11.0. +"z zfiz X H eat :0 N N HC=CH -HCCH2 x N-vinyI-2-pyrrolidone Polyvinylpyrrolidone Polyvinylpyrrolidone is a faintly yellow solid resembling albumin and having a medium molecular weight of about 25,000. It is soluble in water giving a colloidal solution. It has been employed to increase blood volume in shock cases and as an additive to blood plasma.

It is an object of this invention to provide pyrrolidone polymers or resins which, unlike polyvinylpyrrolidone itself, are substantially insoluble in water and aqueous solutions or fluids of the type found in the animal body.

Another object of the invention is to provide a method for preparing substantially water insoluble, optically clear, modified polyvinylpyrrolidone polymers or resins.

Another object of the invention is to provide a method for the preparation of substantially water-insoluble films and membranes with selectively structured pore sizes.

Additional objects of the invention will become apparent from the following description, which is given primarily for purposes of illustration, and not limitation.

Stated in general terms, the objects of the invention are attained by reacting a mixture of a pyrrolidone such as polyvinylpyrrolidone or vinylpyrrolidone, a modifier such as an organic methacrylate, preferably a hydroxyalkyl methacrylate; and preferably a crosslinking agent such as an olefin, preferably a olefin hydroxyalkyl methacrylate; and preferably a catalyst such as an organic peroxide. The reaction product preferably is treated or extracted with water to hydrate the product or to extract unreacted or water-soluble materials respectively.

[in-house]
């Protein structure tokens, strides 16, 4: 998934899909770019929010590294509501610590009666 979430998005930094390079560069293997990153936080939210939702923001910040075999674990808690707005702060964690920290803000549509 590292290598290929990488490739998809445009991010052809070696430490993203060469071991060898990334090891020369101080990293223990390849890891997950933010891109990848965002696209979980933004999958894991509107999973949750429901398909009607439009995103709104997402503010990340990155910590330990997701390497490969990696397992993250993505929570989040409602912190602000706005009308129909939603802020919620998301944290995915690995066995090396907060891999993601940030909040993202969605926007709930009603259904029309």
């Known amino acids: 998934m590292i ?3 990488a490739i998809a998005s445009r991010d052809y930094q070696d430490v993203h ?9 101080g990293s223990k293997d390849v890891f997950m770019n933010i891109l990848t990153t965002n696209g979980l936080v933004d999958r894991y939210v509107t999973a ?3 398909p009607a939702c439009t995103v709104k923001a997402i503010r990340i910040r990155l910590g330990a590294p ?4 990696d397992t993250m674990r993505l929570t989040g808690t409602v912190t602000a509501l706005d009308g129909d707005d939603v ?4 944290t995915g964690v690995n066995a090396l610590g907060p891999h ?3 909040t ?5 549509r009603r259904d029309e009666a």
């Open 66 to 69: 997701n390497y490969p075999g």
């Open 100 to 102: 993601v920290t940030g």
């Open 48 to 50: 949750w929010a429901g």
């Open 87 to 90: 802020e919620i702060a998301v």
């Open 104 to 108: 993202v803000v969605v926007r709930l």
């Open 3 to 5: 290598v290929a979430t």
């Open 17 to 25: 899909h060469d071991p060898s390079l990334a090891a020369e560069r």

The polyvinylpyrrolidone should be comminuted, for example, powdered to pass an eighty-mesh screen.

Another object of the invention is to provide a material which can be made into cast products for prostheses and other shapes such as intra-uterine devices.

Another object of the invention is to provide a substance which can be used for coating solids to provide a hydrophilic surface.

The resulting modified and crosslinked polyvinylpyrrolidone resins, or polymers are insoluble in water or aqueous body fluids. They are clear, transparent, or translucent or opaque and flexible or rubbery or stiff depending upon the amounts and types of modifiers and crosslinking agents used. The physical properties of the resins or polymers of the invention are controlled by controlling the ratios of the modifier and the crosslinking agent to the amount of the total pyrrolidone used in the reaction mixture. Completely crosslinked polymers or resins can be made in accordance with the invention, which are hard and infusible and can be machined and polished to an optical finish for such purposes as contact lenses, for example Incompletely' crosslinked polymers or resins of the invention are fusible and can be pressed into molds. Complete crosslinking can be accomplished by heating the molds under pressure.